“I’d never smoke. I vape.”
While New York City has seen its youth cigarette smoking rate drop dramatically over the past decade, a new menace has taken the place of combustible tobacco: e-cigarettes. The increase in sales and use of these products (including e-cigs, vapes, e-hookahs, mods) indicates an alarming public health trend. Despite e-cigarettes being on the market for less than ten years, e-cigarette use is now more than three times as common as smoking cigarettes among youth. The rise in popularity of these products threatens decades of progress that’s been made in fighting youth tobacco and nicotine use, yet public funding has not kept pace to address this emerging public health threat.
There is a common belief that e-cigarettes are harmless, but they are not. We know that almost all e-cigarettes contain nicotine, which is highly addictive, and e-cigarettes also release carcinogenic or otherwise toxic chemicals. While the long-term health effects of e-cigarettes are still unclear, developing brains can be more vulnerable to nicotine dependence. Nicotine can also negatively affect a young person’s memory and concentration, decreasing learning ability. Further, there is now substantial evidence that e-cigarette use increases the likelihood of trying traditional combustible cigarettes.
E-cigarette companies—many owned or funded by Big Tobacco—have had success marketing e-cigarettes to youth by heavily utilizing social media, deploying a variety of fun and kid-friendly flavors, using bright, stylish packaging, and by making nicotine content and health risks unclear. These are the same tactics that worked so well for cigarettes decades ago and they are working again.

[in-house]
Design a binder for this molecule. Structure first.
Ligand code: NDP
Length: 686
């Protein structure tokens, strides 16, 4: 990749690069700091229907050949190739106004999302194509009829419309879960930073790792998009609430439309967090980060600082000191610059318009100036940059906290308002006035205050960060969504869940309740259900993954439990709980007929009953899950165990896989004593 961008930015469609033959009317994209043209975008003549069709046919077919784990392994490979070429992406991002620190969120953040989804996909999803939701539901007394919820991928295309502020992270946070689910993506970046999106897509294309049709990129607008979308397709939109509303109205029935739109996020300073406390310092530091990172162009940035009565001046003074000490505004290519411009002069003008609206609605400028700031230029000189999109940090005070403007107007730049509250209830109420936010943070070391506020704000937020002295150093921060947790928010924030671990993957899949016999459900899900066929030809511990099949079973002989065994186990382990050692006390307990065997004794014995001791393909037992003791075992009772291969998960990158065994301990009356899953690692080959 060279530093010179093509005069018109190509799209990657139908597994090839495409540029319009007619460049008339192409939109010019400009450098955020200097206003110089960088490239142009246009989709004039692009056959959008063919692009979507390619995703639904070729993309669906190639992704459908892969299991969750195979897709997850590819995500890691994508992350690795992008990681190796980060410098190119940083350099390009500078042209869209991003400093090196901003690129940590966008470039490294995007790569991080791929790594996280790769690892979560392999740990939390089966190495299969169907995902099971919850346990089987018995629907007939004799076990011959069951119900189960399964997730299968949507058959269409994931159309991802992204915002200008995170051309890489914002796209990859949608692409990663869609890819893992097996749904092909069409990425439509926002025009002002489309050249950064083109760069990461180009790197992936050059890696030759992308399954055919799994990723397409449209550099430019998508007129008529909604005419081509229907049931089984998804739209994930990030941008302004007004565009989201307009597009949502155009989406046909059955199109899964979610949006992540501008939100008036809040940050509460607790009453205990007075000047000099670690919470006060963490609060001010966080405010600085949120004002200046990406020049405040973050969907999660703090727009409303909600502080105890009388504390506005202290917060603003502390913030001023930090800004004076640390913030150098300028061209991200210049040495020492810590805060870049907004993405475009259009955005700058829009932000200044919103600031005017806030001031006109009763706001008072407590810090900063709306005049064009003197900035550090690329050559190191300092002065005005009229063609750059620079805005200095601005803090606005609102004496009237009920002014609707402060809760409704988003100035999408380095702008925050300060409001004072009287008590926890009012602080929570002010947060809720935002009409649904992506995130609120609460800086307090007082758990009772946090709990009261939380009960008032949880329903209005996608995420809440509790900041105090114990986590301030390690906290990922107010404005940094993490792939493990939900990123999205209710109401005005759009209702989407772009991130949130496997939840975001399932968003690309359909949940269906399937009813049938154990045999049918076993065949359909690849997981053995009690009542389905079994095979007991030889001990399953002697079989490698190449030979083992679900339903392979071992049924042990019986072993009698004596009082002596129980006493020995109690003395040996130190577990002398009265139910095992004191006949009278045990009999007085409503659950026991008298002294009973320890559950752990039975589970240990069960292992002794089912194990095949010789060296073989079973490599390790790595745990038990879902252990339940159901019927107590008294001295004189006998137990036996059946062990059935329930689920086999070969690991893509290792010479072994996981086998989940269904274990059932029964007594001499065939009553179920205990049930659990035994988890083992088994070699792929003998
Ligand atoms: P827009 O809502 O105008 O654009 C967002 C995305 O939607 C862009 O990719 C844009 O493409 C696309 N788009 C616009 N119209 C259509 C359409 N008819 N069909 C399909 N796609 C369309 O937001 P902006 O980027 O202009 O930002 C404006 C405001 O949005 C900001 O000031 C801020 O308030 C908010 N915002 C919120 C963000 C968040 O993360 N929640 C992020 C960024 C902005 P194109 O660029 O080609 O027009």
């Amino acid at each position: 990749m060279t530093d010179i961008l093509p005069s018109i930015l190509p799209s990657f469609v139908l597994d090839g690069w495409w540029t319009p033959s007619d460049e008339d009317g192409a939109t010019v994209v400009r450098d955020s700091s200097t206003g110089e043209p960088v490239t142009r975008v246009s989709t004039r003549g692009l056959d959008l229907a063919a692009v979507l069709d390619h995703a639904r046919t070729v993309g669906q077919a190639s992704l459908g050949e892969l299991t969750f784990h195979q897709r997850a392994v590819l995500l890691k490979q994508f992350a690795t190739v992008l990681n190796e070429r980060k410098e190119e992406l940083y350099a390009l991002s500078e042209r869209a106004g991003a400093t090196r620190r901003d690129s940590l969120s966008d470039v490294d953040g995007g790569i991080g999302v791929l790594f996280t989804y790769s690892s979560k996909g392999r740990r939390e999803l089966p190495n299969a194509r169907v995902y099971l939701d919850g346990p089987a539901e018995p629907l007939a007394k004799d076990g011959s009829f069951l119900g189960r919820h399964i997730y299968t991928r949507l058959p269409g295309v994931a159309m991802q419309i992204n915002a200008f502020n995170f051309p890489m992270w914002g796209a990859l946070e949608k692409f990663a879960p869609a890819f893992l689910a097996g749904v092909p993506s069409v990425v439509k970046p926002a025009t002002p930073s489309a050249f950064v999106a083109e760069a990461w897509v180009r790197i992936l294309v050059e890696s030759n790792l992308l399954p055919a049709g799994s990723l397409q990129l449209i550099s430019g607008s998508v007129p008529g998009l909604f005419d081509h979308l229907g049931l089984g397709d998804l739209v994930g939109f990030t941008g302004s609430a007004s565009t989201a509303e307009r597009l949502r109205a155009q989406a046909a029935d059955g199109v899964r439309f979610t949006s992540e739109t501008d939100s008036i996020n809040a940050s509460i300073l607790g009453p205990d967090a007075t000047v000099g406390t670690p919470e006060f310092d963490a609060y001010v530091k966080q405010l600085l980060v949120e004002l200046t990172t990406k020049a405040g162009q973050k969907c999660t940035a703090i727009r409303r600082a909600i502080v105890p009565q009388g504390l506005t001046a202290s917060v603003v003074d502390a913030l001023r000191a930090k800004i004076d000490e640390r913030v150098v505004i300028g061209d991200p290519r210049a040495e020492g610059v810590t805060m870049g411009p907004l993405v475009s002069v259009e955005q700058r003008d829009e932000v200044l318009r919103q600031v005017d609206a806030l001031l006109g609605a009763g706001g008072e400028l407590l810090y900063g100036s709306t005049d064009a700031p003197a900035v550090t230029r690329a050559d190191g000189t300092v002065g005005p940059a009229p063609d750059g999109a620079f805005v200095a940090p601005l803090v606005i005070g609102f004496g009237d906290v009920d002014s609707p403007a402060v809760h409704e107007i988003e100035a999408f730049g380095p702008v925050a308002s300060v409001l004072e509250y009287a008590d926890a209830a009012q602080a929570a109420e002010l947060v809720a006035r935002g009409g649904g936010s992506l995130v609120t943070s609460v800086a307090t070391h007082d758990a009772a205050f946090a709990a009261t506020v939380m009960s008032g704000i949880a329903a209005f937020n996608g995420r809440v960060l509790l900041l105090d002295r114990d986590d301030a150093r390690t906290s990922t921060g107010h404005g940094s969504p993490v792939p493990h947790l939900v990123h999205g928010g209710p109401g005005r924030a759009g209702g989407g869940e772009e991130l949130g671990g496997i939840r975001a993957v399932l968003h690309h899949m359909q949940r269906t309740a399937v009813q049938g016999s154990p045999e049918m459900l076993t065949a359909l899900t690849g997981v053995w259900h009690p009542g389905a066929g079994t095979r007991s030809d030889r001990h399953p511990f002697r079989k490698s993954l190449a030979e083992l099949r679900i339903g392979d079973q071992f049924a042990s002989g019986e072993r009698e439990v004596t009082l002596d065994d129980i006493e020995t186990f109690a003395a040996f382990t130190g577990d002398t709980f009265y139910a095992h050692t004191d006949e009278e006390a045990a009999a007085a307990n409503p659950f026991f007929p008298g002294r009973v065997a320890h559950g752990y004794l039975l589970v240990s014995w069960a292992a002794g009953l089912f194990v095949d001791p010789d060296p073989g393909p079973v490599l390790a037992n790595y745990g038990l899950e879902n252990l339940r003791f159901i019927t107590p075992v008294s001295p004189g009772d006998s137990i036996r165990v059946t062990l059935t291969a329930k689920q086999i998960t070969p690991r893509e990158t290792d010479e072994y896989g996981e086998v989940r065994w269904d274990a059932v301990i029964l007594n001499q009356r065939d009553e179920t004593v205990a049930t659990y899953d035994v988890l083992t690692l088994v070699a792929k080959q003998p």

The NYC Health Department is taking a “Policy, Systems, and Environmental Change” approach to address the alarming rise of e-cigarettes and to counteract industry tactics to prevent and decrease the use of e-cigarettes among youth. The strategy, titled “Defeat Flavors and End Nicotine Dependence (DEFEND)” includes surveillance and evaluation, retailer education, a media campaign, and community and school outreach. Some of the funding for this work is carved out of existing tobacco control budgets, but new funding streams are needed to fully tackle the growing problem of e-cigarettes while continuing the critical work of reducing tobacco use across NYC.
The FDA has repeatedly delayed their health and safety review of e-cigarettes, and the market for these products has only grown. State and federal grants for e-cigarette prevention are not materializing as fast as industry sales. As the number of youth who vape continues to grow, new and nontraditional funding streams are urgently needed to address this public health epidemic.
An incubator of public health initiatives, the Fund for Public Health in New York City (FPHNYC) is poised to build partnerships and mobilize resources to support the NYC Health Department’s vital work in this area. As a national leader in reducing combustible tobacco use, NYC will address this newer threat head-on for the health of all New Yorkers. FPHNYC is proud to be on the front lines.